China recorded a rare trade deficit in March as imports exceeded exports by $880 million, data showed today, as officials and analysts warned of lingering weakness in crucial overseas markets, reports AFP.
The surprise data come a day after Beijing released inflation figures that come in below forecast, which indicated the pick-up in the world’s second biggest economy remained fragile.
China’s custom’s authority said Wednesday that imports rose 14.1 percent on-year to $183.07 billion, while exports climbed 10.0 percent to $182.19 billion.
The median forecast of 15 economists surveyed by Dow Jones Newswires was for a March surplus of $14.7 billion. For the first quarter, China had a trade surplus of $43.07 billion, said the General Administration of Customs.
Spokesman Zheng Yuesheng said the country was still on track to meet its goal of an eight percent increase in trade this year, but said conditions in the rest of the world presented challenges.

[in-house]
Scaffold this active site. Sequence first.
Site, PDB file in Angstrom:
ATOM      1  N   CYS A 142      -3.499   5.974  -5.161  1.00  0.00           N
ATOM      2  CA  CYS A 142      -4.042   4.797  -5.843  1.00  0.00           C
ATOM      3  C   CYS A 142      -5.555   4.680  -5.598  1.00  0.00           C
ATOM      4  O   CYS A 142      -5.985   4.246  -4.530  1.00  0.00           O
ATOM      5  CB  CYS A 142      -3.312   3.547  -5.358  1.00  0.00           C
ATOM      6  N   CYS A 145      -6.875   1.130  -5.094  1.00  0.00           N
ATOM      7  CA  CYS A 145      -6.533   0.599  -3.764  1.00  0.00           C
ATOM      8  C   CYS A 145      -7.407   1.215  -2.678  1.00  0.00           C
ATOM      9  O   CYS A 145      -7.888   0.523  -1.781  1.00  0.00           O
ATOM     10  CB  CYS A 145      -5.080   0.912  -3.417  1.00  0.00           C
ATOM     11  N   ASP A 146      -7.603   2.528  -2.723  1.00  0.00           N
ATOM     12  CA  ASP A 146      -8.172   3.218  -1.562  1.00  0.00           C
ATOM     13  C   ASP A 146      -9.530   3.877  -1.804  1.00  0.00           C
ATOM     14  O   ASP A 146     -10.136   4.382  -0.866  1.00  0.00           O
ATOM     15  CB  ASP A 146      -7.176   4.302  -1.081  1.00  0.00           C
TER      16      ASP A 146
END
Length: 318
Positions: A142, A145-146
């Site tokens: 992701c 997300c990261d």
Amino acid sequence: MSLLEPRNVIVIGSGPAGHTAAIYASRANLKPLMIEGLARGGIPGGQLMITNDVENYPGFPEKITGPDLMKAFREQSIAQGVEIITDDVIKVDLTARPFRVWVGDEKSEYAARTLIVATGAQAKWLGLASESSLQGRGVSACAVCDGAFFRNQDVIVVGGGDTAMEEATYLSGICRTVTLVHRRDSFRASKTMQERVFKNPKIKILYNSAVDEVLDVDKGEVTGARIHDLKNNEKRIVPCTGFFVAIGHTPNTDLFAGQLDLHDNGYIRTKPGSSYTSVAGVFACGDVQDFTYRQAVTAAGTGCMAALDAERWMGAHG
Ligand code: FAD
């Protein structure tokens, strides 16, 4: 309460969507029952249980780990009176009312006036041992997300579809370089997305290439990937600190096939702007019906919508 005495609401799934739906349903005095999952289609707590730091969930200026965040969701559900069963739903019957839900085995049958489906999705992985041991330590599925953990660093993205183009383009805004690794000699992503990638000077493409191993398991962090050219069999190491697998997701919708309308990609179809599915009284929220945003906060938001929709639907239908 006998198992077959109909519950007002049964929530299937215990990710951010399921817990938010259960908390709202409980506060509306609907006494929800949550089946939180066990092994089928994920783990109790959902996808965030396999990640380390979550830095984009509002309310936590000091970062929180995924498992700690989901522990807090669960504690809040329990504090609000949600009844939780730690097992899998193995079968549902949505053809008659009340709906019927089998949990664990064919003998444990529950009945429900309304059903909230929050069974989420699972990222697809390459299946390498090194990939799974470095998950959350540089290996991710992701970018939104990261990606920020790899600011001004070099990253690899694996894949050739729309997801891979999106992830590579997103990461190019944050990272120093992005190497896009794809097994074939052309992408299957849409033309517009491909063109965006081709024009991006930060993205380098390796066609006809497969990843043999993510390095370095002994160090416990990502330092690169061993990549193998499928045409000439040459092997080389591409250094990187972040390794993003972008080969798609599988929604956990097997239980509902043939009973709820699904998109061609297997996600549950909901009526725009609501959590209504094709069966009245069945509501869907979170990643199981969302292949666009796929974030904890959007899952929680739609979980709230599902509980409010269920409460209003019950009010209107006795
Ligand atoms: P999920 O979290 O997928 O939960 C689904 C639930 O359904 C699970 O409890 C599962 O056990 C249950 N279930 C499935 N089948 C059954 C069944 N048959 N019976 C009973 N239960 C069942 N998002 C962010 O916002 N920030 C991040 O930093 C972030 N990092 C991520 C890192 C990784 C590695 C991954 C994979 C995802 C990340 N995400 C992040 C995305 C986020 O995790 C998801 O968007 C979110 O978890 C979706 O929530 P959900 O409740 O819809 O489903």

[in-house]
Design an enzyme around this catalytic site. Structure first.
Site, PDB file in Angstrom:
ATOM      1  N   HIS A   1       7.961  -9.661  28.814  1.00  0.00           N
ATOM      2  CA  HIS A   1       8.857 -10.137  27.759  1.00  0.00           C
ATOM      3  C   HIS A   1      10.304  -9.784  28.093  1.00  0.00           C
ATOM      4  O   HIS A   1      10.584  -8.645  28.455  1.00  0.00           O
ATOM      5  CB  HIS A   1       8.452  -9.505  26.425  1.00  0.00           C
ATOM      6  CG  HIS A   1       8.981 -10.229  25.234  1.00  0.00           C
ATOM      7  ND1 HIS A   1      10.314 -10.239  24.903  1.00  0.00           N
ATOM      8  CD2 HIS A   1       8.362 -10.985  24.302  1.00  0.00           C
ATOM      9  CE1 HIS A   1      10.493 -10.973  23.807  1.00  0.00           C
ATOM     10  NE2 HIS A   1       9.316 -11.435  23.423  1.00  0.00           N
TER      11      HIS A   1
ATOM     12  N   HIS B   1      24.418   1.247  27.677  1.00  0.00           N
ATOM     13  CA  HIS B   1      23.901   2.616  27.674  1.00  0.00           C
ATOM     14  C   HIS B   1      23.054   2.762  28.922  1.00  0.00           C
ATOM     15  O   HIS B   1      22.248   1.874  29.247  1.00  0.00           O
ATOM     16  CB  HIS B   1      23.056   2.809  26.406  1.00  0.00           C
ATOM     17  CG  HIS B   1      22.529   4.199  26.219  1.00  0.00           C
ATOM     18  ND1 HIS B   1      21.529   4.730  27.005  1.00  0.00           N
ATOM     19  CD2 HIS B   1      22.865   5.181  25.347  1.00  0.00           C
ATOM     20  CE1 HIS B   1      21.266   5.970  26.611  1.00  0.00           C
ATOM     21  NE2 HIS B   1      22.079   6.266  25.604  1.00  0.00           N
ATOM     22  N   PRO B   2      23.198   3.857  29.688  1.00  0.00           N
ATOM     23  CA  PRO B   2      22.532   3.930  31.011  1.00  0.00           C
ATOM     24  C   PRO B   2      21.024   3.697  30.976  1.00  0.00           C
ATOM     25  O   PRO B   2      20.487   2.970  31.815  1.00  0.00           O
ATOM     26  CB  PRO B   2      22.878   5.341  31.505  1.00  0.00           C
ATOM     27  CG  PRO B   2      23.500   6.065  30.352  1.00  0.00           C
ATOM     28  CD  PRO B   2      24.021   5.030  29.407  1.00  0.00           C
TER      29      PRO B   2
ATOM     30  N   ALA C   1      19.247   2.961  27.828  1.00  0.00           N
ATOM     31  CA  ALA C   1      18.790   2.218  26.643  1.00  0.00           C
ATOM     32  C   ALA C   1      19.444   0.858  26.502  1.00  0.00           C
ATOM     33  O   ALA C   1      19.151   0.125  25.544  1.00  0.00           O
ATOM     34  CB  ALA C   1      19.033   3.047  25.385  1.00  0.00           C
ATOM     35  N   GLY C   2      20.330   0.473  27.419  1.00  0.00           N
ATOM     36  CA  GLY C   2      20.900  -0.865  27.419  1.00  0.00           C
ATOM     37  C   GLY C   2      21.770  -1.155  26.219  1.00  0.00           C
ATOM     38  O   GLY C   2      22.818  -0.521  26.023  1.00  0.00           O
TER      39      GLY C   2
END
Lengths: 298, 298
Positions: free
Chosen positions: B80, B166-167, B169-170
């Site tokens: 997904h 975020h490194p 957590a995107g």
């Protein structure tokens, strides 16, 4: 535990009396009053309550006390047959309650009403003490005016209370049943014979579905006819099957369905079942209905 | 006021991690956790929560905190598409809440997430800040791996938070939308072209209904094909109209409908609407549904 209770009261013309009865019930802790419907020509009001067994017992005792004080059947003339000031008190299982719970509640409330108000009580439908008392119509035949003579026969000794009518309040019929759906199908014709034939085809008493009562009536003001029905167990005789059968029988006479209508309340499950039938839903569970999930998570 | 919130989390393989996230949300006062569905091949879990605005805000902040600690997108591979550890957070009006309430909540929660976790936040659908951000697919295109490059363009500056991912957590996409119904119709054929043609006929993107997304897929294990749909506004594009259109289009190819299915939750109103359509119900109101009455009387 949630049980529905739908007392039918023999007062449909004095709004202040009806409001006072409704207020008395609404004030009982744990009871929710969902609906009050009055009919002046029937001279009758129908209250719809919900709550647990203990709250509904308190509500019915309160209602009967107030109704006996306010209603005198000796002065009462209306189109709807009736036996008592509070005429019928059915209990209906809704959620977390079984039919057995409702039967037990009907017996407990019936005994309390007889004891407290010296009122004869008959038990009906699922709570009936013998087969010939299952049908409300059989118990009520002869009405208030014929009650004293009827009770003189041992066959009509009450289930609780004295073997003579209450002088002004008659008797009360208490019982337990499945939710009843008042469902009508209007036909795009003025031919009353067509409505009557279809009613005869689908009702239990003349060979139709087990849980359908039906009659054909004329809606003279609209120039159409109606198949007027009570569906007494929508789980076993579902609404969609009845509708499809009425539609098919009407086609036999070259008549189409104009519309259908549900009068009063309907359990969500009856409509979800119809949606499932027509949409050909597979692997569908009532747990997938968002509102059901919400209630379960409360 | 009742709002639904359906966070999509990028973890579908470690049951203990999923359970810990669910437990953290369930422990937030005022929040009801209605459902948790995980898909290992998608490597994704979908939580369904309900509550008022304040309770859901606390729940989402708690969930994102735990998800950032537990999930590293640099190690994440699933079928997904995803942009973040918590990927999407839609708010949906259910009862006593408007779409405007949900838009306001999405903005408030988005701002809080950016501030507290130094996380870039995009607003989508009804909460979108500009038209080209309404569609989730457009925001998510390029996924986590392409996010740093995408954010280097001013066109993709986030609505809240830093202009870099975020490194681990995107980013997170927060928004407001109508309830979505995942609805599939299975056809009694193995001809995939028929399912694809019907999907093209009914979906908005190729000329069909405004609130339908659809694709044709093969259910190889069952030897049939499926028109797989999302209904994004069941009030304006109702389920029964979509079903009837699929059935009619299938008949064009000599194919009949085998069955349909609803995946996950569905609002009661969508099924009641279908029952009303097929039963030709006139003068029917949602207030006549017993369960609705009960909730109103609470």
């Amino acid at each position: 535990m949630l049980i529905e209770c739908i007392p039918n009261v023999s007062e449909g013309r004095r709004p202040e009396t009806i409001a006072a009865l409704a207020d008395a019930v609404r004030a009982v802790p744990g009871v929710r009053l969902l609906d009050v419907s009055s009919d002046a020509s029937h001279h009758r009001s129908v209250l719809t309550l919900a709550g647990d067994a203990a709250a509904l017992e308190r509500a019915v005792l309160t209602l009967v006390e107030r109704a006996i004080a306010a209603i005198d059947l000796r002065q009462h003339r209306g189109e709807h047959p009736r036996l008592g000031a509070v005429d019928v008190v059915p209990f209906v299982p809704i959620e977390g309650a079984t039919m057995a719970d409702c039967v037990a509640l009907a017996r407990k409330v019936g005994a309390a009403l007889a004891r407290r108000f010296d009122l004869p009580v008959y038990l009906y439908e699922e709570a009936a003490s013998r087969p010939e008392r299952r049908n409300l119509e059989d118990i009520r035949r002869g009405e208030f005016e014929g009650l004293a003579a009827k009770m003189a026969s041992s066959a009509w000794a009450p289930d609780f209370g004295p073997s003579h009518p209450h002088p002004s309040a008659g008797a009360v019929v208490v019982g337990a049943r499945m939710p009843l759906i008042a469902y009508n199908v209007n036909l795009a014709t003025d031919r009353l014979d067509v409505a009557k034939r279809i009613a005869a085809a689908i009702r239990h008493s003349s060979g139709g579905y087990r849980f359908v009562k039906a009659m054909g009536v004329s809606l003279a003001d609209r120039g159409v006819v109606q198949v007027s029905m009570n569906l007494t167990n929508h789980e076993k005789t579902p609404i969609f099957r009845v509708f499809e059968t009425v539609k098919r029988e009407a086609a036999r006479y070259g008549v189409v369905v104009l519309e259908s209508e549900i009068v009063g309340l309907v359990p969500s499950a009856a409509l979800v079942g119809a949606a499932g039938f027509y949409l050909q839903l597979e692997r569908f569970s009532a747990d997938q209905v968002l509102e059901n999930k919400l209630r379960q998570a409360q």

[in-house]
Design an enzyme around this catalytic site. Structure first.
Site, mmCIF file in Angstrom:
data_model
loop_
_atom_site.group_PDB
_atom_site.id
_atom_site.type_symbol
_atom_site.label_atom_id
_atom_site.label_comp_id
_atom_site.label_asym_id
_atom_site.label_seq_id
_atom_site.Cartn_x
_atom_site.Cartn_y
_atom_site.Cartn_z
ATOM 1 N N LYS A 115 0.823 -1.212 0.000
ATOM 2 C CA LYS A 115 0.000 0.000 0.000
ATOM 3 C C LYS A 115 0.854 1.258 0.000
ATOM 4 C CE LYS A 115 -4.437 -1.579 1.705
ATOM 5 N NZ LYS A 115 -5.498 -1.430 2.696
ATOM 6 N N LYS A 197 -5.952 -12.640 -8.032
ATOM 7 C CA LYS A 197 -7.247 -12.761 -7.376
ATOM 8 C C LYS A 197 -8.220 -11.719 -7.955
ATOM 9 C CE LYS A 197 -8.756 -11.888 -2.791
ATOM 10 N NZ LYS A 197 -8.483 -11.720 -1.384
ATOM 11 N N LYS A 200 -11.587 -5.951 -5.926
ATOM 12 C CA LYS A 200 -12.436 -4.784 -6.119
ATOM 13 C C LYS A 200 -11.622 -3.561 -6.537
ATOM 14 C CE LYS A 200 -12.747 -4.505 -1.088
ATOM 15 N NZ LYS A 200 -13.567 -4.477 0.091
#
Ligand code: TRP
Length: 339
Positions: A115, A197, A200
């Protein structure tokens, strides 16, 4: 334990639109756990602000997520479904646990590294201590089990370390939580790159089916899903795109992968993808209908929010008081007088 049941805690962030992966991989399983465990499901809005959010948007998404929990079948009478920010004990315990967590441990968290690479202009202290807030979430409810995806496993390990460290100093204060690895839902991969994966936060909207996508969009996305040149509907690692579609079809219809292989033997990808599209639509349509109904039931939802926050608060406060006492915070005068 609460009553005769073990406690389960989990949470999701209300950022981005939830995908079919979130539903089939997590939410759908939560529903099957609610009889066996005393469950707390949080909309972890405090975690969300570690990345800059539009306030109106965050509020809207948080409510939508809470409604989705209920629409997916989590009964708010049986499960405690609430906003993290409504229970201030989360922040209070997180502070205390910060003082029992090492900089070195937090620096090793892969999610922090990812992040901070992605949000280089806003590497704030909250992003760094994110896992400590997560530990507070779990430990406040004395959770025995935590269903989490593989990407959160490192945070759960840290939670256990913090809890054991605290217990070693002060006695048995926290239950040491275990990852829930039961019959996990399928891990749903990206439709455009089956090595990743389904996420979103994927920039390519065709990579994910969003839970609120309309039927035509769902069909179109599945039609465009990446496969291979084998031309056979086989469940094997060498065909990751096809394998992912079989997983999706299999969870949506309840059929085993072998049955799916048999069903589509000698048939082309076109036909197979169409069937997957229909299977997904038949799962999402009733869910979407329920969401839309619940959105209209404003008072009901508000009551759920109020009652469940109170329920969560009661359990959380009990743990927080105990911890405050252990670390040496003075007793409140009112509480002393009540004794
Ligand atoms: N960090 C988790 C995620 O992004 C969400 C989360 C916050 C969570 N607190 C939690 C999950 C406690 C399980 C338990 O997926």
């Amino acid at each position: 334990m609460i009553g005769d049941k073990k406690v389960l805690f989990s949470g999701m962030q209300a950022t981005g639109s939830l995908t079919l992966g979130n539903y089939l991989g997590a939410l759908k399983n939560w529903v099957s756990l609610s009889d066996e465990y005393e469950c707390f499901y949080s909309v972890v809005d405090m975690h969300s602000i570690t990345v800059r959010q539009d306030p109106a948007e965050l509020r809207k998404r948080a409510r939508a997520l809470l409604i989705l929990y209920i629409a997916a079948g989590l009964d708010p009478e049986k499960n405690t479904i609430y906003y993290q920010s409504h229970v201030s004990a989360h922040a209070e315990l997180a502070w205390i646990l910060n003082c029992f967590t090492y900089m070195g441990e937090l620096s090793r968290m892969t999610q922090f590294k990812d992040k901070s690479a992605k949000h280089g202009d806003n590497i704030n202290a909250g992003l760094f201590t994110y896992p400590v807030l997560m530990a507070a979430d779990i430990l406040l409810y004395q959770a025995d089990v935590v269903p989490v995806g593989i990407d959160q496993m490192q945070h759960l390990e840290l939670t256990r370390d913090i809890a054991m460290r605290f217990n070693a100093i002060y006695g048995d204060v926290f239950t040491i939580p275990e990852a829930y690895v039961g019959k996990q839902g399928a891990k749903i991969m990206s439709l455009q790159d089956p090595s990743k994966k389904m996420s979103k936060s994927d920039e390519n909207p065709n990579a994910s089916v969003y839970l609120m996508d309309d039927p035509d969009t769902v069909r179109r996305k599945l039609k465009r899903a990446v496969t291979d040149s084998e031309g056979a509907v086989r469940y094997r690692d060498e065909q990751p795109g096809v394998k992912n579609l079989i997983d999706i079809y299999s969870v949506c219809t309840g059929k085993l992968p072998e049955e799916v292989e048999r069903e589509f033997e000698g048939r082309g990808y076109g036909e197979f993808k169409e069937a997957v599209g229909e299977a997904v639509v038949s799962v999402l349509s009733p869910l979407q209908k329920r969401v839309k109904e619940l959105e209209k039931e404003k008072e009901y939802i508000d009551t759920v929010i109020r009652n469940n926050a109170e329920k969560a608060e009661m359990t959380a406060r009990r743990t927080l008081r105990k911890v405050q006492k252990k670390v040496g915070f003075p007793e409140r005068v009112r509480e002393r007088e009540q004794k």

“So far we can’t see much sign of improvement in foreign market demand,” he said. “We think it’s rather unlikely for major developed markets to have a fundamental turnaround in their demand. The traction for global trade to increase is still weak.”
China’s gross domestic product (GDP) grew at its slowest pace in 13 years in 2012, expanding 7.8 percent as the United States endures a sluggish recovery from the global downturn, while Europe struggles with a long- running debt crisis.
An acceleration in the final three months of last year to 7.9 percent, which snapped seven straight quarters of slowing growth, had raised expectations among economists that China was on track to higher growth this year.
Authorities have set the 2013 growth target at 7.5 percent, the same as last year’s. However, Bank of America Merrill Lynch economists Lu Ting and Hu Weijun said in a report: “Overreaction is not justified.”
They added that recent monthly trade surpluses were “abnormally high” and cautioned that “external demand will remain sluggish in coming months”.
While shares in Shanghai slipped, traders did not seem overly concerned with the latest figures.
“The trade data (shows) that external demand still remains weak, which is widely-known to the market, so I think investors will pay more attention to indicators that reflect companies’ business operations, profitability and revenue growth,” Dongxing Securities analyst Sun Zheng told Dow Jones Newswires.
On Tuesday the consumer price index a main gauge of inflation rose 2.1 percent year-on-year last month, the National Bureau of Statistics said, down from 3.2 percent in February when prices spiked during the Lunar New Year holiday.